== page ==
So quickly - What is tantra? Why should I care?

According to Tantric Coach, Helena Nista :

"In Tantra sex is sacred and special, and tantric practices help us to embrace this principle. It is not about doing anything but about BEING together in a state of deep eroticism, sensuality and intimacy."

Tantra is often referred to in this context as a sexuality mindset, composed of slowing down, being present and letting go of goals. Most modern twists on Tantra are derived from the original philosophy, one with deep spiritual and cultural roots. To understand more about the history and principles of tantra we recommend this article by Matthias Rose (8 minute read)

So how do I incorporate this into my current sex life?

Start by making a commitment with your partner to bring in some new tantra-inspired practices. We recommend starting with this conversation out at dinner or on a walk to explore why you both want to try it. Ask each other questions like "What do you know about tantra? What have you heard about it that appeals to you? How could it change our sex life?" Then commit to trying these three tantra inspired exercises techniques from the experts...

1. 'The Stills'

By Roger from Curious Creatures. He runs a class called 'fun little sex games' teaching a dozen exercises for couples :

This exercise teaches the skills of getting into your body, reading your partner's feedback, one-way touch (which is crucial to extending pleasure!), and the joy of playing in the subtleties of touch. (In fact, this exercise is a very powerful solution to what we might call the problem of 'over enthusiastic' touch).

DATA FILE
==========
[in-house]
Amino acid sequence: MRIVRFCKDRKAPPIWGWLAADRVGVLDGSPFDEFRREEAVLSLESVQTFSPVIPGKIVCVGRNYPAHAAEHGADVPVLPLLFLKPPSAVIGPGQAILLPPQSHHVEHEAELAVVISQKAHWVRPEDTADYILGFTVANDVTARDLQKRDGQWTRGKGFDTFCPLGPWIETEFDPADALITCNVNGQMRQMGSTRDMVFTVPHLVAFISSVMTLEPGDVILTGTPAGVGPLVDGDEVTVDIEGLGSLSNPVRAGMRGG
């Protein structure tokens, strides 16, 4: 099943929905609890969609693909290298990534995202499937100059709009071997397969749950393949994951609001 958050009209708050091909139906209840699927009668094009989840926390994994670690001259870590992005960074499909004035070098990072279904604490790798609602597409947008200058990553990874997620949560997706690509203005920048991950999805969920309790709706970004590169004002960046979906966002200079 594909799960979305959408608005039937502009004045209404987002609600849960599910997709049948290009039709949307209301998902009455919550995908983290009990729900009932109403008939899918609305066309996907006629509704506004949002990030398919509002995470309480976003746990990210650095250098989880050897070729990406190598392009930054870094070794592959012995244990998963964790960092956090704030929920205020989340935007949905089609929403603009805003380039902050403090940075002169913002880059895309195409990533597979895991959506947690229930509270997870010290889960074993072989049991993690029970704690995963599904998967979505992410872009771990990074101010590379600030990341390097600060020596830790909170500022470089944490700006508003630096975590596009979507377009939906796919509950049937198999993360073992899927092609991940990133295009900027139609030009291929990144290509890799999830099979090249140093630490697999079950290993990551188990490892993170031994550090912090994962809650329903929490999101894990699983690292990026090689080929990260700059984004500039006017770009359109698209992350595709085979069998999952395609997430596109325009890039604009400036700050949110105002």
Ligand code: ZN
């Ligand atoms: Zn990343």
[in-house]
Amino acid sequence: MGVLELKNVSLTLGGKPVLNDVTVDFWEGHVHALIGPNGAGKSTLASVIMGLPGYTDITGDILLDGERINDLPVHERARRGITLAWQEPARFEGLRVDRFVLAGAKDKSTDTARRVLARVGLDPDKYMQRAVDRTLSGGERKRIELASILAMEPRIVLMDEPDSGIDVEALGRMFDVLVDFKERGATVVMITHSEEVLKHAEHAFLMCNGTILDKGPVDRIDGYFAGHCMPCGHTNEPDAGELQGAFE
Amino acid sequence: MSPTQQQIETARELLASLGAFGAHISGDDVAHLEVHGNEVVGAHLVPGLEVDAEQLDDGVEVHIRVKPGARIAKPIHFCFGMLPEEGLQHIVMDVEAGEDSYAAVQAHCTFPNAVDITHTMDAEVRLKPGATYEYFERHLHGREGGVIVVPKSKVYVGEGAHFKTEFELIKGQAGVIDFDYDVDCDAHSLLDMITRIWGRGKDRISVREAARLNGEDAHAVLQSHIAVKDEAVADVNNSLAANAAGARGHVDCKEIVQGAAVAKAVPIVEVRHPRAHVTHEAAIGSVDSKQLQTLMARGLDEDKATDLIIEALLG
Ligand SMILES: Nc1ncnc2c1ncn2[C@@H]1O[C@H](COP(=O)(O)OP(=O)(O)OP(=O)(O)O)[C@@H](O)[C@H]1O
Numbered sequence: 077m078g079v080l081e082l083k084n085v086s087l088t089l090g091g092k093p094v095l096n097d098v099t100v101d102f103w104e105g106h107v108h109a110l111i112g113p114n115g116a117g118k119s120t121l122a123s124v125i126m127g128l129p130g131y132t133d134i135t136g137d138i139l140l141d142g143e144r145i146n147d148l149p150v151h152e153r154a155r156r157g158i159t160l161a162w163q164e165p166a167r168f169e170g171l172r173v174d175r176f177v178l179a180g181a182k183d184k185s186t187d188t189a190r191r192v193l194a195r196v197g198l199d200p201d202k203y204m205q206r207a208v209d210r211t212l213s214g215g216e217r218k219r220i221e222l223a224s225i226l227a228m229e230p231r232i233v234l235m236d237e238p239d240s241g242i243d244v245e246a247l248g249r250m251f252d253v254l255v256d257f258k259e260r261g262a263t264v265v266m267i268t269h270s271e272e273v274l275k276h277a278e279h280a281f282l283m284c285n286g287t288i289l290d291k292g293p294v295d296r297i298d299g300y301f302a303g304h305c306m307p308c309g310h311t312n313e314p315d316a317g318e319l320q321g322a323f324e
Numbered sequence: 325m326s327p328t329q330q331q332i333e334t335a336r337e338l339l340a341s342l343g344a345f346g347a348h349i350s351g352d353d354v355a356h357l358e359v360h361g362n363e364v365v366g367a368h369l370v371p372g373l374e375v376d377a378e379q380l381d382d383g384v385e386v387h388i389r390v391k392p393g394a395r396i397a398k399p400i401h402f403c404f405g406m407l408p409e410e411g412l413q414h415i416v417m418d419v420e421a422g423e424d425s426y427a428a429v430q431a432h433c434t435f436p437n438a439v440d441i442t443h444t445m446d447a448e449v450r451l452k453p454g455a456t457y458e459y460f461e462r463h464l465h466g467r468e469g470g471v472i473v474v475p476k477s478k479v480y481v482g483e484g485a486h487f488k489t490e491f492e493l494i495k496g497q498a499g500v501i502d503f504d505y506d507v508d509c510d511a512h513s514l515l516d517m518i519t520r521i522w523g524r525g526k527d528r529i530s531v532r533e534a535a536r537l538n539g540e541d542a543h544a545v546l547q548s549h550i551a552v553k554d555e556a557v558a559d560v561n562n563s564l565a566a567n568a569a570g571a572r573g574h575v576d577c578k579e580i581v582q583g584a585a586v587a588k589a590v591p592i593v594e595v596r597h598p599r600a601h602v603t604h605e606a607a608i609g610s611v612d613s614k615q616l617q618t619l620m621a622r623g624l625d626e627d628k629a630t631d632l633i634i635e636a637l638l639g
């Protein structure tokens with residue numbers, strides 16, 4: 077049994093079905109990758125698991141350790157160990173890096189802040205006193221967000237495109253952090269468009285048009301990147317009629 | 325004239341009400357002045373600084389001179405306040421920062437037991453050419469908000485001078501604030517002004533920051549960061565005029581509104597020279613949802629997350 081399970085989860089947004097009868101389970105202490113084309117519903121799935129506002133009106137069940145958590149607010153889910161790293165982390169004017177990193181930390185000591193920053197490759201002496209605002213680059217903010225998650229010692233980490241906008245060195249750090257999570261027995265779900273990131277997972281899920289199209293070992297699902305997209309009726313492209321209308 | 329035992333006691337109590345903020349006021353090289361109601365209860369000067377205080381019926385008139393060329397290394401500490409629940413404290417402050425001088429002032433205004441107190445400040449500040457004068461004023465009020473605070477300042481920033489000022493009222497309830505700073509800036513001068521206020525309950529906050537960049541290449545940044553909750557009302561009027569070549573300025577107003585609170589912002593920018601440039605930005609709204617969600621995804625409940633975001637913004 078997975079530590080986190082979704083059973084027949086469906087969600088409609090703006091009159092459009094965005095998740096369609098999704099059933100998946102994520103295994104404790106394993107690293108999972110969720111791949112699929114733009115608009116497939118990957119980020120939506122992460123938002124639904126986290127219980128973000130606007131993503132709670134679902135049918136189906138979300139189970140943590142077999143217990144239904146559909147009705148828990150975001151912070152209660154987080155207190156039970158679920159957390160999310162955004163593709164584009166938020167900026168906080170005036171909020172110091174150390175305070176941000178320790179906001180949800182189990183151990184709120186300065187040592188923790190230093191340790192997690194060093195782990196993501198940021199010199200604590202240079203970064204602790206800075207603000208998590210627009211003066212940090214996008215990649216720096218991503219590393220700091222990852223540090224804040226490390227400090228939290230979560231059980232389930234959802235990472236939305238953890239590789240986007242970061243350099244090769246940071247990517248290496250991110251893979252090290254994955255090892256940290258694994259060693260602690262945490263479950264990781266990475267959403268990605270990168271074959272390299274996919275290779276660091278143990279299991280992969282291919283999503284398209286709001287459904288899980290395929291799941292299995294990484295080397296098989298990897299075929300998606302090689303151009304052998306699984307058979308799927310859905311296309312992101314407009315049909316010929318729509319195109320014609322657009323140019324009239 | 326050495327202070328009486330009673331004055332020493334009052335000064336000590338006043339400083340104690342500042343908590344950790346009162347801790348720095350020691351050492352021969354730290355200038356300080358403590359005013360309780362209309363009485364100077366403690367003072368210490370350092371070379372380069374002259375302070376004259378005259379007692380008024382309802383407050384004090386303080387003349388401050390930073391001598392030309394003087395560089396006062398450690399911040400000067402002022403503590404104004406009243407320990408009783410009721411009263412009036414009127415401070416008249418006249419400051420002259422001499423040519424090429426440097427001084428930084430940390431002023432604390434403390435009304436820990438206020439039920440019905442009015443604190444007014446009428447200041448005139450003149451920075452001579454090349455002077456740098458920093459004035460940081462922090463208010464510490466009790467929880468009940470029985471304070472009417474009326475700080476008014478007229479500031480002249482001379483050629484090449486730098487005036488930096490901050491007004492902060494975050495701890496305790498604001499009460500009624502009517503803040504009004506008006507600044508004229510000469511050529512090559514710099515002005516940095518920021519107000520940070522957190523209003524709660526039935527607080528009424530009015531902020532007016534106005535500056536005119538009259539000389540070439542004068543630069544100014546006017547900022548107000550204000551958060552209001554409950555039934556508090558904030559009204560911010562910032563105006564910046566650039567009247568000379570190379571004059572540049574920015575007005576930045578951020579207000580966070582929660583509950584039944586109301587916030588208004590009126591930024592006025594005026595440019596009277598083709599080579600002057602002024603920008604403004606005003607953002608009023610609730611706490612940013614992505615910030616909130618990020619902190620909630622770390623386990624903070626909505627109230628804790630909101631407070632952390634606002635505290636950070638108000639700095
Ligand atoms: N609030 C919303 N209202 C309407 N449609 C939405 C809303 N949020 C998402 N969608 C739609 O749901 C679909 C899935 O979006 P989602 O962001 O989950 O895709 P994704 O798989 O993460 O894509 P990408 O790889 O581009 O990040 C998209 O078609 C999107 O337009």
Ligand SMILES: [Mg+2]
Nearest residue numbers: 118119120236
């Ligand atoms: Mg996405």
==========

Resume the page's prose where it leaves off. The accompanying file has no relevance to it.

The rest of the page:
You'll need a partner of any gender, and it can be easily adapted for people with different levels of mobility. Person One lies down on their back, with a pillow under their head, and is not allowed to move any body parts except their eyes (and any internal muscles, like breathing, but strictly no talking). Person Two plays with them, up until Person One flinches or moves - it's normally totally obvious to both parties when a flinch has occurred. When the receiver flinches (or moves in any other way), it's time to swap - the giver gets down on their back and is now the receiver. (Note that the person receiving touch can control the play by ‘accidentally’ flinching, thereby prompting a swap; consent is built into the structure).

2. 'Eye-Gazing'

by Helena Nista, a tantric coach based in Melbourne. She often sees couples suffering from boredom, routine or declining passion in the bedroom and recommends this exercise.

Eye-gazing is one of the most profound techniques I teach my clients. It’s also usually their favourite one. The couple starts by sitting down, facing each other. Next they start softly gazing into each other’s eyes, trying to look not at the surface of their partner’s eyes but deeper within, delving deep into each other. They allow their bodies and minds to relax, staying present and mindful while taking deep, relaxed breaths. A prolonged eye-contact has the ability to put us in a state of mild trance, bringing magic and connection to sex.

3. 'Grounding Hug'

by Barbara Carrellas from the book 'Urban Tantra' designed for down to earth beginners.

This is a great exercise to start and finish sexual play with. Stand comfortably in front of your partner and breathe deeply from the base of your root chakra (base of the spine). Visualise your legs as roots of a tree grounding deeply into the earth. Place one hand on your partner's lower back, the other on their middle/upper back. Breathe your belly into their belly and imagine you are grounding them into the earth with you. You should feel their body soften and relax. Breathe for however long feels organic to you. Switch roles. 

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